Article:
Applications Available for Kansas Future Teacher Academy
April 10, 2017
Kansas high school students interested in exploring careers that either are in education or begin with degrees in education have an extra few weeks to apply for the Kansas Future Teacher Academy.
The deadline for receiving applications has now been extended from April 10 to April 24.
“I challenge each high school counselor to find and encourage at least two people from their student body to apply to the academy,” said Dr. Roger Caswell, director of the academy. “Many people – students and parents – think the students have to know they want to be a teacher to attend the academy. That’s not necessarily the case. This is a chance for high school students to see what possibilities there are in a variety of fields in, and relating to, education. And, it’s five days for them to explore careers, instead of spending their time – and tuition dollars – once they get into college.”
Applications are available online from www.emporia.edu/teach/kfta/ and will be accepted through April 24. High school counselors, educators or students with questions about the academy, or those who would like more information can call ESU’s Jones Institute for Educational Excellence at 1-877-378-5433.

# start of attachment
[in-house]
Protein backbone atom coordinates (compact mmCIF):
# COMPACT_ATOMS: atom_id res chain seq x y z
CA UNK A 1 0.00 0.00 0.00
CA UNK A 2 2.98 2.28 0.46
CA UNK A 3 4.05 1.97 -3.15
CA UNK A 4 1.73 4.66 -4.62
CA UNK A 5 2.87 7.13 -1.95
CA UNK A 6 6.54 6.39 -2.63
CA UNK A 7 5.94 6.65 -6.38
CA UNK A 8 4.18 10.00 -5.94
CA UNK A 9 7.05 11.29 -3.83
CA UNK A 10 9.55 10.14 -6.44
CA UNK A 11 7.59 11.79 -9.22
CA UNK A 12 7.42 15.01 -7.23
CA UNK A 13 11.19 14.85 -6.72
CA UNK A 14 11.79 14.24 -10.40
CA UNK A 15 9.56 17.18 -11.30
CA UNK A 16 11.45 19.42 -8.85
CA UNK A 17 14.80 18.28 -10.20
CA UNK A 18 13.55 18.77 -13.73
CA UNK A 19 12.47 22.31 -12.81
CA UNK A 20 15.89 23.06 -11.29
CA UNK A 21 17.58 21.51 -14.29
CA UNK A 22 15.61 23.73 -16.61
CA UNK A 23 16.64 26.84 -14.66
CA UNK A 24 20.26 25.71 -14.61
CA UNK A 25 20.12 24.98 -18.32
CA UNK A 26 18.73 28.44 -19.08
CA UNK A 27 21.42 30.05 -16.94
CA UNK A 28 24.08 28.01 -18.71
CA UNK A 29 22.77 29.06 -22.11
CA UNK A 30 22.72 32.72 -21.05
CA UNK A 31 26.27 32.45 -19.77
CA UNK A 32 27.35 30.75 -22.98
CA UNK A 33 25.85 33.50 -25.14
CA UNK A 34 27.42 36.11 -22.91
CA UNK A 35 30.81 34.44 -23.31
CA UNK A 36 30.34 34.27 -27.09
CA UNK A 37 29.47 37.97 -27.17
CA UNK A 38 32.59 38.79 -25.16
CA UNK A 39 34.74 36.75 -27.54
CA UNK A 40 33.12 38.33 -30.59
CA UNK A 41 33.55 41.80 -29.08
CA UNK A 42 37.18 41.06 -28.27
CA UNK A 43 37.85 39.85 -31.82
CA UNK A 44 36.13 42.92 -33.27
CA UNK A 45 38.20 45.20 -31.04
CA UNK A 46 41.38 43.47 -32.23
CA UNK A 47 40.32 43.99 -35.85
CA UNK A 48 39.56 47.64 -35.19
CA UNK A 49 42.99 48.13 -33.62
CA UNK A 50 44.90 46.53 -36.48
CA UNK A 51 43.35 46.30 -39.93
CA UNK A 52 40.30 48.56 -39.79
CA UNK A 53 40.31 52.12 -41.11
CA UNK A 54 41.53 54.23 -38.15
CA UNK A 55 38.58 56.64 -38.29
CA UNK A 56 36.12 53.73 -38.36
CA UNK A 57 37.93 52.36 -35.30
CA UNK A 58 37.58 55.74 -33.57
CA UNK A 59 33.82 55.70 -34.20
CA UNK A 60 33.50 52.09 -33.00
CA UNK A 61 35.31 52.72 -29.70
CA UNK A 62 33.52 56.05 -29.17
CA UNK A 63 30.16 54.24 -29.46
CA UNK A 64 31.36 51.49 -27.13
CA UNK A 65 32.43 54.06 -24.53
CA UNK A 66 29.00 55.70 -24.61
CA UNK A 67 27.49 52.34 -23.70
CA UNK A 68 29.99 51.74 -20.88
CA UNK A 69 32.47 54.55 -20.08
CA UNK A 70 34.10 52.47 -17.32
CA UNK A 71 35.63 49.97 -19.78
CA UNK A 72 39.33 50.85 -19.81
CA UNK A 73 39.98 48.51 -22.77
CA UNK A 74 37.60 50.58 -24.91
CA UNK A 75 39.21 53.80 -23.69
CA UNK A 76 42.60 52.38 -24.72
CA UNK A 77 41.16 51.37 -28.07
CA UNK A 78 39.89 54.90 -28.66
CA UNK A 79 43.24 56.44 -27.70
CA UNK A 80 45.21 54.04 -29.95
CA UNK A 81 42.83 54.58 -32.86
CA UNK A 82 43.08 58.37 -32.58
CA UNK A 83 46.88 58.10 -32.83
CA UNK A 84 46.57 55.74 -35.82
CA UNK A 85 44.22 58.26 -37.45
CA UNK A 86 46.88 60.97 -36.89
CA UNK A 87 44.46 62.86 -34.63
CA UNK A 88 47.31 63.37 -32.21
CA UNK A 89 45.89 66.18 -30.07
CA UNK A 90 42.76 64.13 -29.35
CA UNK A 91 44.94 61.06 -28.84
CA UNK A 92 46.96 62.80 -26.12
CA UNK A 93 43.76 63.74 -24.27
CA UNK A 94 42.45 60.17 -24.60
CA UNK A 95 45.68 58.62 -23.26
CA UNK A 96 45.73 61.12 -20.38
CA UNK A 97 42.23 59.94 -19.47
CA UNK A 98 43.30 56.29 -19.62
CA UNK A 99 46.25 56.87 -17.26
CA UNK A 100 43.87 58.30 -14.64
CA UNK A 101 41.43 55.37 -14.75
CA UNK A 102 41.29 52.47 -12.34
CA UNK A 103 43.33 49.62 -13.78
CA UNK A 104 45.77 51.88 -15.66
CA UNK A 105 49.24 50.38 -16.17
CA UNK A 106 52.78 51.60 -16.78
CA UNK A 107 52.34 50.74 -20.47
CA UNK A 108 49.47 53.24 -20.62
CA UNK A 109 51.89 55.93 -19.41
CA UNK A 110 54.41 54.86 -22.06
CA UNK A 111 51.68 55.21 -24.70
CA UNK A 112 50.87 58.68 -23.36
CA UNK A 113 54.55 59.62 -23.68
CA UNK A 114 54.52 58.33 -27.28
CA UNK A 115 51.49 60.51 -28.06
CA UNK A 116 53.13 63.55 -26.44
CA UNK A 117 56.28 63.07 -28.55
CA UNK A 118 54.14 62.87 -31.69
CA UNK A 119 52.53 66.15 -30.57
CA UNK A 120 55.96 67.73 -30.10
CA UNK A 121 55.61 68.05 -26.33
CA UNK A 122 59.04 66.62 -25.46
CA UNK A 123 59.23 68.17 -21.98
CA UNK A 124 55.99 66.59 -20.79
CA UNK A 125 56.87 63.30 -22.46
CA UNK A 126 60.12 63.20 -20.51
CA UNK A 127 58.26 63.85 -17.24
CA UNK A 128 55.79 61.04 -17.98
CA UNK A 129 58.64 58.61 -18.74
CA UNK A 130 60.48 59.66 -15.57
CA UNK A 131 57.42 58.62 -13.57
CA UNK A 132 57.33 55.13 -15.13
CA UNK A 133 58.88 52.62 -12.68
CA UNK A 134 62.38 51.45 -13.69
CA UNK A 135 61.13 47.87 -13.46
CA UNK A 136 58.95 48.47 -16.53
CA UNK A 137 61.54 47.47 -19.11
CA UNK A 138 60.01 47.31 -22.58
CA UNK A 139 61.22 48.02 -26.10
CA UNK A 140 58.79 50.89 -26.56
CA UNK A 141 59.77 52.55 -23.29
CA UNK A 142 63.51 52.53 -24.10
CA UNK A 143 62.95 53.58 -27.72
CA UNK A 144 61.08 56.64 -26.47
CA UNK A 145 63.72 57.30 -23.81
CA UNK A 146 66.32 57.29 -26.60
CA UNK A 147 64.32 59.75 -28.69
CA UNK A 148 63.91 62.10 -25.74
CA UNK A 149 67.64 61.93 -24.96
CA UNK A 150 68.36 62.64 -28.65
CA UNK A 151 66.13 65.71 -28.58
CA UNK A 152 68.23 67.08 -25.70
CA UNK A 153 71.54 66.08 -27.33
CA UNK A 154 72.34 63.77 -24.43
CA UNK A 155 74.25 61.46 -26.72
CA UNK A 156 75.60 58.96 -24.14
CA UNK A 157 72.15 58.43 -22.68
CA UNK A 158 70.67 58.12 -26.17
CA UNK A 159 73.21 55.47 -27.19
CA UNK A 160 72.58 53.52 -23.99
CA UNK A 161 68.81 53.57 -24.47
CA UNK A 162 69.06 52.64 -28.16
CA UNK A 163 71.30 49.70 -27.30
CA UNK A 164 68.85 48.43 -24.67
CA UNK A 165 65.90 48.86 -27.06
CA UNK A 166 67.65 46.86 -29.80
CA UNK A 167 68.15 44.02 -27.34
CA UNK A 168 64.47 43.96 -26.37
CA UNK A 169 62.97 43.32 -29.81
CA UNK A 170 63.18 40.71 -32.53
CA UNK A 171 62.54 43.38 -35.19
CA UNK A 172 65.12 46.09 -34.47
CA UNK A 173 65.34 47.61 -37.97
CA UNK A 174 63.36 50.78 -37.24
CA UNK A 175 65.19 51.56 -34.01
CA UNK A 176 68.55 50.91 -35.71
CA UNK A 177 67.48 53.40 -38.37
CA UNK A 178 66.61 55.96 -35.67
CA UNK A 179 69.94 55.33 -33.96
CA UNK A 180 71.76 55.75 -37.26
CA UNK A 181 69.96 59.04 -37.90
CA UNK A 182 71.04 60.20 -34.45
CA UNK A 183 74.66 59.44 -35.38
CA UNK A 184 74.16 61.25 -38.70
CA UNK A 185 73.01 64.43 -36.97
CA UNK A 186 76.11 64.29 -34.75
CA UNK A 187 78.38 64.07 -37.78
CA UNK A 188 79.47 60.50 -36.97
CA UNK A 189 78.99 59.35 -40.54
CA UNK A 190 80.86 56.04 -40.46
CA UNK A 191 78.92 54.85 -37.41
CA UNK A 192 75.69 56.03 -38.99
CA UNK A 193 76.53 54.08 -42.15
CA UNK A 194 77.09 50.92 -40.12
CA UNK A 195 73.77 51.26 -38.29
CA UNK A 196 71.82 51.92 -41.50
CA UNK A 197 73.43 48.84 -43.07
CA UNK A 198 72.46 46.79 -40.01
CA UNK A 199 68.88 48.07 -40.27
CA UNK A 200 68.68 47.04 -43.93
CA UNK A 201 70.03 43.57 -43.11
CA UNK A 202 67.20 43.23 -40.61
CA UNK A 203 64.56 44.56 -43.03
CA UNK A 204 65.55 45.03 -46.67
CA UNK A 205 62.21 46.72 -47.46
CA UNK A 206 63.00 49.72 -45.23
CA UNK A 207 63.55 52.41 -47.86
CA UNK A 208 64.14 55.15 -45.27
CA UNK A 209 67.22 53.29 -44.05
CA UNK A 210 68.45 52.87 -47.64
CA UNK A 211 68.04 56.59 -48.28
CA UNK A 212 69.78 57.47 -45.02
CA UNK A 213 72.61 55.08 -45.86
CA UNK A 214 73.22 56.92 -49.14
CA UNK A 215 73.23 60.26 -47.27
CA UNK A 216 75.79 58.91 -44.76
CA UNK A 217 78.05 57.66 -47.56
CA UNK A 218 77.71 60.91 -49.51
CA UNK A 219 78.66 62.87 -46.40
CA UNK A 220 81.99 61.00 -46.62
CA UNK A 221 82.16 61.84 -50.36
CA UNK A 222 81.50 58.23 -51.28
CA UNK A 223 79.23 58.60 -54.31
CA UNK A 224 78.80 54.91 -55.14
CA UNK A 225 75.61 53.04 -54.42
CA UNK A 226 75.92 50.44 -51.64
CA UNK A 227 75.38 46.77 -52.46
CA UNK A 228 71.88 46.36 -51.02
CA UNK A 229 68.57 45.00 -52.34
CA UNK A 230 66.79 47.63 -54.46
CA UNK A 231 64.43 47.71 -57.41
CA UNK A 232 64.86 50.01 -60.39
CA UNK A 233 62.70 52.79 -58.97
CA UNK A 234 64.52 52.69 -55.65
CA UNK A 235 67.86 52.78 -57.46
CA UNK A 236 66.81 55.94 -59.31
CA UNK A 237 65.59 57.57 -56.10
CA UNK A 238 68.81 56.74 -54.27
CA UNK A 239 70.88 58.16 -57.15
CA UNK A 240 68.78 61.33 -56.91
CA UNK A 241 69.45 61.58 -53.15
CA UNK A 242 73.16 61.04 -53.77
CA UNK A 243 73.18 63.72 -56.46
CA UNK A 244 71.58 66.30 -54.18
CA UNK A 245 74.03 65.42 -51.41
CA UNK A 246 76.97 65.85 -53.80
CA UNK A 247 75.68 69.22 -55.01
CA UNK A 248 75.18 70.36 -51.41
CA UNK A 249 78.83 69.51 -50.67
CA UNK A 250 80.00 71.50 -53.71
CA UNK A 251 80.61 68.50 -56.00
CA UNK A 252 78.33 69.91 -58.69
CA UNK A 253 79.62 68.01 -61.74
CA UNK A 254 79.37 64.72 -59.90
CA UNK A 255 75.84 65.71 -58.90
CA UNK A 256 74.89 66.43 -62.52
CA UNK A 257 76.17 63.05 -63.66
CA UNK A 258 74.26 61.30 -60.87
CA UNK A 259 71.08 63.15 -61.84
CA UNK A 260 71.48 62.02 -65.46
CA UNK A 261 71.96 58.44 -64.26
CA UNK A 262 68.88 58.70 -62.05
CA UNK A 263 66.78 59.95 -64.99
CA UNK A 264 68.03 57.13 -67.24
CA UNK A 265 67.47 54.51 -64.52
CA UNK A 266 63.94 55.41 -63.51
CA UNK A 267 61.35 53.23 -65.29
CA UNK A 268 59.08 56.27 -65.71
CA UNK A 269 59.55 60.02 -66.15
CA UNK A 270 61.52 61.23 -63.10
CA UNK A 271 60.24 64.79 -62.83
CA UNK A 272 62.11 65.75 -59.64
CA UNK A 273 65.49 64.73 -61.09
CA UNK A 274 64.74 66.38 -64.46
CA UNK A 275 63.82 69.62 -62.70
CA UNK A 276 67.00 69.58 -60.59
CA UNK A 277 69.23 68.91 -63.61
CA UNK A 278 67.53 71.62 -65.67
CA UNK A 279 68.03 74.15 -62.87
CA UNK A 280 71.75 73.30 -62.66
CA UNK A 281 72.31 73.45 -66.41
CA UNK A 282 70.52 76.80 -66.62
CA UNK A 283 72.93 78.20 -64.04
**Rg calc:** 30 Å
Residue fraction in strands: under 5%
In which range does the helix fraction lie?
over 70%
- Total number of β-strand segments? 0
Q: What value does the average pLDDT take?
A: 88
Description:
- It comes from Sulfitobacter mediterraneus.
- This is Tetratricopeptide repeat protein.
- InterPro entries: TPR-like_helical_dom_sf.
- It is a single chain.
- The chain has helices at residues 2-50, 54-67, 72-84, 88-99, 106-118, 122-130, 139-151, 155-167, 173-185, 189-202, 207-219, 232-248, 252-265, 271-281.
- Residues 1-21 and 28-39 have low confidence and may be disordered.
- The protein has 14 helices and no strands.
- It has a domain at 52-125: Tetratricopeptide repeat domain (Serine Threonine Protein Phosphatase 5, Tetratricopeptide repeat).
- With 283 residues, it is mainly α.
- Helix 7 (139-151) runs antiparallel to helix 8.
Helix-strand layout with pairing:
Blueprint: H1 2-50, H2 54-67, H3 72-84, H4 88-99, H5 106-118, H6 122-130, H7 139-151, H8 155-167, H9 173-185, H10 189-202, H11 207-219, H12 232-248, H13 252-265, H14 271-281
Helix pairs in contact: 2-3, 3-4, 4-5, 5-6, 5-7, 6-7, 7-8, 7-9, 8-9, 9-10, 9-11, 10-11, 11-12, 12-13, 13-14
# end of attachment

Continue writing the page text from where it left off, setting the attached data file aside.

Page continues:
Every year the state’s nationally renowned Teachers College at Emporia hosts 25-60 high school students for five days. During the academy, participants learn about opportunities for careers in education, problem-solving and leadership skills, personal goal setting, and the use of technology in education.
This year the KFTA will be held June 11-15, 2017 at Emporia State University.
Funding for the academy is provided by the Kansas legislature. Students are allowed into the academy based upon their academic standing, involvement in school and community activities, and interest in exploring a career in teaching.
The Kansas Future Teacher Academy began in 1989 and is coordinated by the Jones Institute for Educational Excellence at ESU.
Writing Project Awarded Two Grants
April 2, 2017
Teachers depend on a variety of methods and tools to help students learn. One of most important items in an educator’s tool box is writing — how to do it and how to teach others to do it. To that end, the Flint Hills Writing Project, based at Emporia State University, recently was awarded two grants totaling $35,000 from the National Writing Project.
Check out our students' achievements and accomplishments on Emporia State's meritpages.com site